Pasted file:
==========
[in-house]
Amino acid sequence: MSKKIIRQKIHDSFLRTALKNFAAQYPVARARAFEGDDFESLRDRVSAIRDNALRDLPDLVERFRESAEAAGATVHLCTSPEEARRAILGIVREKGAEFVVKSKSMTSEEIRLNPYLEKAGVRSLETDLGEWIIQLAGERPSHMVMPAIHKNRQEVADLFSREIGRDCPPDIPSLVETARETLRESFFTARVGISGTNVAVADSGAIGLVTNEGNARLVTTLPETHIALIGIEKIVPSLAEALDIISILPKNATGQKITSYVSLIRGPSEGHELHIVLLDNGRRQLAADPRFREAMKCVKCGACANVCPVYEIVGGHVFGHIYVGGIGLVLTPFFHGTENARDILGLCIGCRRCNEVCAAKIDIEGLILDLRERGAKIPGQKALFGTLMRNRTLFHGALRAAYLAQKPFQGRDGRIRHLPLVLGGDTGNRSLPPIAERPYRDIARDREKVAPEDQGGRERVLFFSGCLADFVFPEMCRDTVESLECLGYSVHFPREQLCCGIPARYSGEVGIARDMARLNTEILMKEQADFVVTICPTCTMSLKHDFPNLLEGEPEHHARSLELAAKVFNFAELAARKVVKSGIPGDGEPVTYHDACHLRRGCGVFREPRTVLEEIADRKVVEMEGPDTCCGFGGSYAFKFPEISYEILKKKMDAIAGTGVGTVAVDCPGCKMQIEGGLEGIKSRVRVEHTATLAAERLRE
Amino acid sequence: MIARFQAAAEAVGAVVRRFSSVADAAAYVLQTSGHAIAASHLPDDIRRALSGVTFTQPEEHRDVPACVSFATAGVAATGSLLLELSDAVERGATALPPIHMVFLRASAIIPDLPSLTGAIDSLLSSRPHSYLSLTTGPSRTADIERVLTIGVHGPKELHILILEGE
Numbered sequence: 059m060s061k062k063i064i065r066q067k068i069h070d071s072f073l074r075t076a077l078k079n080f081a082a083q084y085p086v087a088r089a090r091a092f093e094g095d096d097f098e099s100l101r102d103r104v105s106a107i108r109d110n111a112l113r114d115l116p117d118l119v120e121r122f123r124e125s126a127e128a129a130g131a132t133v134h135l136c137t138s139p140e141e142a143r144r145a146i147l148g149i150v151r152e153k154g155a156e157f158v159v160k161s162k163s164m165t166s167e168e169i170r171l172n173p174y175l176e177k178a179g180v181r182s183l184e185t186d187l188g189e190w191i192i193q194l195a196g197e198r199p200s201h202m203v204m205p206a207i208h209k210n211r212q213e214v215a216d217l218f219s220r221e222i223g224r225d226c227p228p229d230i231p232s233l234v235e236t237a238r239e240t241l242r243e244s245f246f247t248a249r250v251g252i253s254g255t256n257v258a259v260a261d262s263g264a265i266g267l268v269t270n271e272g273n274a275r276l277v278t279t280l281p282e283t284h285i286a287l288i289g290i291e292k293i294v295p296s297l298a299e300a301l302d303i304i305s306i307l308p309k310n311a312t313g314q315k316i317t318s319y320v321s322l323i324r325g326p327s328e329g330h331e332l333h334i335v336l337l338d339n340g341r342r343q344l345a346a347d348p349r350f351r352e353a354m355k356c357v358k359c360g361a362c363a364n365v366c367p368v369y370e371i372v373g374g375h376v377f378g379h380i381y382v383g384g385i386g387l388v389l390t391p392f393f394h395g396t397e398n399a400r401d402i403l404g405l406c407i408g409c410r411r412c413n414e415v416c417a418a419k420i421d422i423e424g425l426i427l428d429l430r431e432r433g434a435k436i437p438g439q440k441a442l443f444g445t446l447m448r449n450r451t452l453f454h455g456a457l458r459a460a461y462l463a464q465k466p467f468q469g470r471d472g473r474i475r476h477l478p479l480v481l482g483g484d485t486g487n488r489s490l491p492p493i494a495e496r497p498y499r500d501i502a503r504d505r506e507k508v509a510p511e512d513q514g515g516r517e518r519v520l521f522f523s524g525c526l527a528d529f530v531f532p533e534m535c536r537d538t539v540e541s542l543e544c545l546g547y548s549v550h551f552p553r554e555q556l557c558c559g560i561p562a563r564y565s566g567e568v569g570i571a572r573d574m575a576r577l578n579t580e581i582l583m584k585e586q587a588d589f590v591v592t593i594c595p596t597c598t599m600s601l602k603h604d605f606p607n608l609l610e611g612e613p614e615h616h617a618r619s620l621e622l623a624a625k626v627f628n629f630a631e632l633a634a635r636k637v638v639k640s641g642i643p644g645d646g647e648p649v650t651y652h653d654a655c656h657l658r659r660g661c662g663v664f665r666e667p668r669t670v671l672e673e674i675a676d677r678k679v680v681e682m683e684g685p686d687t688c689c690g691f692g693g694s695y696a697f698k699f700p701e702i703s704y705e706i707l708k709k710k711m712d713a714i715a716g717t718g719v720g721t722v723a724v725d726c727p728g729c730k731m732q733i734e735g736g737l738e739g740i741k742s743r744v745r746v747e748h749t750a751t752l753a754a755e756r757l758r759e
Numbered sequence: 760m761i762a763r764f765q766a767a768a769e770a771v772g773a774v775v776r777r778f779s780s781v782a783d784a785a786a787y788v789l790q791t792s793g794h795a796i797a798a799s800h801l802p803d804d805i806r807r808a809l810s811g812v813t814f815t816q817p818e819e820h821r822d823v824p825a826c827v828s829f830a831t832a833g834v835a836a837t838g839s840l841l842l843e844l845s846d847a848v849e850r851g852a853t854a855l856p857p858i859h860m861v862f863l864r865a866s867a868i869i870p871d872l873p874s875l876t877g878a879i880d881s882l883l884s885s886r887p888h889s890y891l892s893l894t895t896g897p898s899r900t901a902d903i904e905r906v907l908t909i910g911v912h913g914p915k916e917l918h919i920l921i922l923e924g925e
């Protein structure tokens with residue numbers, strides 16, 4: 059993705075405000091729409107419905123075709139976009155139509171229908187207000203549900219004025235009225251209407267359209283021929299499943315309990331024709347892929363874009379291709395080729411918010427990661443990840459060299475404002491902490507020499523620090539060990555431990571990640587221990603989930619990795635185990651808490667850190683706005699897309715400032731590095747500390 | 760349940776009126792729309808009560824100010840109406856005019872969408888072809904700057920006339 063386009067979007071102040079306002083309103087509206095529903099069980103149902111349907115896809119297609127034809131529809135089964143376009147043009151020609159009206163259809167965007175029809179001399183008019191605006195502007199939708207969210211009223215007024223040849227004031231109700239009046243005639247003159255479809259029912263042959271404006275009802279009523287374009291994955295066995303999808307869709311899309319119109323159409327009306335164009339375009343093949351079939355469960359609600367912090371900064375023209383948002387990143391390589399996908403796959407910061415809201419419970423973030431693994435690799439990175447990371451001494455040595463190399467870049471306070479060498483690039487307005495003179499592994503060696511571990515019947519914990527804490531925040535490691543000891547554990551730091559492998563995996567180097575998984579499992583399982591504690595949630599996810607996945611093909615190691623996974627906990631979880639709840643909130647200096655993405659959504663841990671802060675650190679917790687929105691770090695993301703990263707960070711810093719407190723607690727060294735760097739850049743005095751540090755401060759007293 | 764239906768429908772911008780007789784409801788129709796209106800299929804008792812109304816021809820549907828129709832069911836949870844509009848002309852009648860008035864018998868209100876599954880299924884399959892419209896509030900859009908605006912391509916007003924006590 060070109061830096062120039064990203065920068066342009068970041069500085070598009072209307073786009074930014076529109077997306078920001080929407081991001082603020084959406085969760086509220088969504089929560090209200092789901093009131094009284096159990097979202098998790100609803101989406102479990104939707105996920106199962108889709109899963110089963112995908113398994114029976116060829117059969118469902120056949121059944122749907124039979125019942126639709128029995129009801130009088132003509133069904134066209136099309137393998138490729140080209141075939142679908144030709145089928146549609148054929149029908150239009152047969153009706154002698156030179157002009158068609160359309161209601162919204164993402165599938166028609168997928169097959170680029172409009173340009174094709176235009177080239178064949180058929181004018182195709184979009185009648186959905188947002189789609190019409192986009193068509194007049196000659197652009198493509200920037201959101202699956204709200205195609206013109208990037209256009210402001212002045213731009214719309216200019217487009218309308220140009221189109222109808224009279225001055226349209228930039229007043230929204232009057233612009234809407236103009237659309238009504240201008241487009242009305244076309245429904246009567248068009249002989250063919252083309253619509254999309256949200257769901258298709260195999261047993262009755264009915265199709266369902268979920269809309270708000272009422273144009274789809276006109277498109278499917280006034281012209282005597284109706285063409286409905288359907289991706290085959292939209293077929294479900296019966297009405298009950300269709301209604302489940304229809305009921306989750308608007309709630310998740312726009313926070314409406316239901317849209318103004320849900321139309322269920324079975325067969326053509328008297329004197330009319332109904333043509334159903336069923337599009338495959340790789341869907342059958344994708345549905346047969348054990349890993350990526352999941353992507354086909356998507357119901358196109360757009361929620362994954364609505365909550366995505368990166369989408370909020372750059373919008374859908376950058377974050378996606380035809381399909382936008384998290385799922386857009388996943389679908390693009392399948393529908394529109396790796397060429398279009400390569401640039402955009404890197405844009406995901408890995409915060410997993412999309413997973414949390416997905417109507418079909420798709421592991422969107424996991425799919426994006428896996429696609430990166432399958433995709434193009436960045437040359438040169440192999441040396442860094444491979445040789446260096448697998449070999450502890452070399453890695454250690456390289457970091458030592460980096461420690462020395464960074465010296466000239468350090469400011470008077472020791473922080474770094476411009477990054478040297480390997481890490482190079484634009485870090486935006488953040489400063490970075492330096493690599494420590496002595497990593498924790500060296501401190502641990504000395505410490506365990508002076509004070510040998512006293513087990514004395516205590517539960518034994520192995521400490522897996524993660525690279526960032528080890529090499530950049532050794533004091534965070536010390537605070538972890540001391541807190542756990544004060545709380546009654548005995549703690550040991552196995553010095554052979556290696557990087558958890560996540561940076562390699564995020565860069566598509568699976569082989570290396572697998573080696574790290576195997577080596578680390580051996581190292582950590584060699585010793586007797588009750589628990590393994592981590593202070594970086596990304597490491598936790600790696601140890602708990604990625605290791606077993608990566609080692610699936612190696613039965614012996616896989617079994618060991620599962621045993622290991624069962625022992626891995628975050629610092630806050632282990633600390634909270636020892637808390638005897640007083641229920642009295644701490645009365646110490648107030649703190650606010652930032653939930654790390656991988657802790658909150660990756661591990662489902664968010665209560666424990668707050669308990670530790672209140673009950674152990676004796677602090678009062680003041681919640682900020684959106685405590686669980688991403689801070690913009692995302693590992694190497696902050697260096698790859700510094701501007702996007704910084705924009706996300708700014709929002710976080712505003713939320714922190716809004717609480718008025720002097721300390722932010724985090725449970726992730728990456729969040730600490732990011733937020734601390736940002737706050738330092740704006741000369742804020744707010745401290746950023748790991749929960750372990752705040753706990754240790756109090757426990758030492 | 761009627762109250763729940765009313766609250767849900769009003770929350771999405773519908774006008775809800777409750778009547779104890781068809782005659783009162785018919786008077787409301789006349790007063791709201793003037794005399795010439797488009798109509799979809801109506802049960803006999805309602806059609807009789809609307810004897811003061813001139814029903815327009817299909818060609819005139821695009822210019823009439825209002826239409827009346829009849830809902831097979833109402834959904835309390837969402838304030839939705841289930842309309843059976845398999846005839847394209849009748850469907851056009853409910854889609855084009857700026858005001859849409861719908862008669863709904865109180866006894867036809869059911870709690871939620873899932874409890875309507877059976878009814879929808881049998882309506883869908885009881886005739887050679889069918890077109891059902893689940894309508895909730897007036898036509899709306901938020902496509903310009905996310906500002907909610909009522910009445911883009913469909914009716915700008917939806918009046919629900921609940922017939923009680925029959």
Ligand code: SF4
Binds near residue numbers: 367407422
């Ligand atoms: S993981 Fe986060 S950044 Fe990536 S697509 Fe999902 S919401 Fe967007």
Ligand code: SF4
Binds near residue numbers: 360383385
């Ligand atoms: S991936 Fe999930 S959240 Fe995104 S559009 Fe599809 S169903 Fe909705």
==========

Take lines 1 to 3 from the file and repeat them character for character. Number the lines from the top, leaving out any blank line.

[in-house]
Amino acid sequence: MSKKIIRQKIHDSFLRTALKNFAAQYPVARARAFEGDDFESLRDRVSAIRDNALRDLPDLVERFRESAEAAGATVHLCTSPEEARRAILGIVREKGAEFVVKSKSMTSEEIRLNPYLEKAGVRSLETDLGEWIIQLAGERPSHMVMPAIHKNRQEVADLFSREIGRDCPPDIPSLVETARETLRESFFTARVGISGTNVAVADSGAIGLVTNEGNARLVTTLPETHIALIGIEKIVPSLAEALDIISILPKNATGQKITSYVSLIRGPSEGHELHIVLLDNGRRQLAADPRFREAMKCVKCGACANVCPVYEIVGGHVFGHIYVGGIGLVLTPFFHGTENARDILGLCIGCRRCNEVCAAKIDIEGLILDLRERGAKIPGQKALFGTLMRNRTLFHGALRAAYLAQKPFQGRDGRIRHLPLVLGGDTGNRSLPPIAERPYRDIARDREKVAPEDQGGRERVLFFSGCLADFVFPEMCRDTVESLECLGYSVHFPREQLCCGIPARYSGEVGIARDMARLNTEILMKEQADFVVTICPTCTMSLKHDFPNLLEGEPEHHARSLELAAKVFNFAELAARKVVKSGIPGDGEPVTYHDACHLRRGCGVFREPRTVLEEIADRKVVEMEGPDTCCGFGGSYAFKFPEISYEILKKKMDAIAGTGVGTVAVDCPGCKMQIEGGLEGIKSRVRVEHTATLAAERLRE
Amino acid sequence: MIARFQAAAEAVGAVVRRFSSVADAAAYVLQTSGHAIAASHLPDDIRRALSGVTFTQPEEHRDVPACVSFATAGVAATGSLLLELSDAVERGATALPPIHMVFLRASAIIPDLPSLTGAIDSLLSSRPHSYLSLTTGPSRTADIERVLTIGVHGPKELHILILEGE